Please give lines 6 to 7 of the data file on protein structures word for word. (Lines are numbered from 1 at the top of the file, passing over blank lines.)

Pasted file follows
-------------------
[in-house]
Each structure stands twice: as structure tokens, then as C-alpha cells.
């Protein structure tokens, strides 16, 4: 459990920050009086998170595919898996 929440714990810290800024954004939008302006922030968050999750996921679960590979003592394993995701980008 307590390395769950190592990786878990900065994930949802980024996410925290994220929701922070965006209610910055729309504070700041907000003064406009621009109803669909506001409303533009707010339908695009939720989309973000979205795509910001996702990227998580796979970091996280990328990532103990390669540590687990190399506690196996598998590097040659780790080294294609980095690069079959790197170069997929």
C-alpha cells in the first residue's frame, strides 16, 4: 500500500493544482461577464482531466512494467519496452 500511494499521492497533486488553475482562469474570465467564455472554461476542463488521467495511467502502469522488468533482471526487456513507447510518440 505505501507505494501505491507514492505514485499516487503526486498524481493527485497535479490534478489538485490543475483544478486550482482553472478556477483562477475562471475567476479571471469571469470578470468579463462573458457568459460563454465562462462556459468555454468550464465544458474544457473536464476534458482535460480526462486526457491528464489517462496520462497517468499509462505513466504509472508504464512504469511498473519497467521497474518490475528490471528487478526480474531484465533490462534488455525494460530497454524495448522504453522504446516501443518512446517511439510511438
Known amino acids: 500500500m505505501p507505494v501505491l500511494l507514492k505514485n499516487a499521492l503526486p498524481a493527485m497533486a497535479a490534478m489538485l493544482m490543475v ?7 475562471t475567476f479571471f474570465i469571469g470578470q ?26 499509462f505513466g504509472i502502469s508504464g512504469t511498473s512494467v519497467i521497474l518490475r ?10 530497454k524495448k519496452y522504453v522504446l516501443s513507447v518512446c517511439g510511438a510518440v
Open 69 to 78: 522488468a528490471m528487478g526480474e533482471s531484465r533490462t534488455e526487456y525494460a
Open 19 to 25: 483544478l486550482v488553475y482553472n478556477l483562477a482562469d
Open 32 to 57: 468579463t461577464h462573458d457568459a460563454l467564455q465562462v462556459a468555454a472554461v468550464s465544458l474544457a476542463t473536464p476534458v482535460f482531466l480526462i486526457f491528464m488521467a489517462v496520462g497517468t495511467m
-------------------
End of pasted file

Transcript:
Open 69 to 78: 522488468a528490471m528487478g526480474e533482471s531484465r533490462t534488455e526487456y525494460a
Open 19 to 25: 483544478l486550482v488553475y482553472n478556477l483562477a482562469d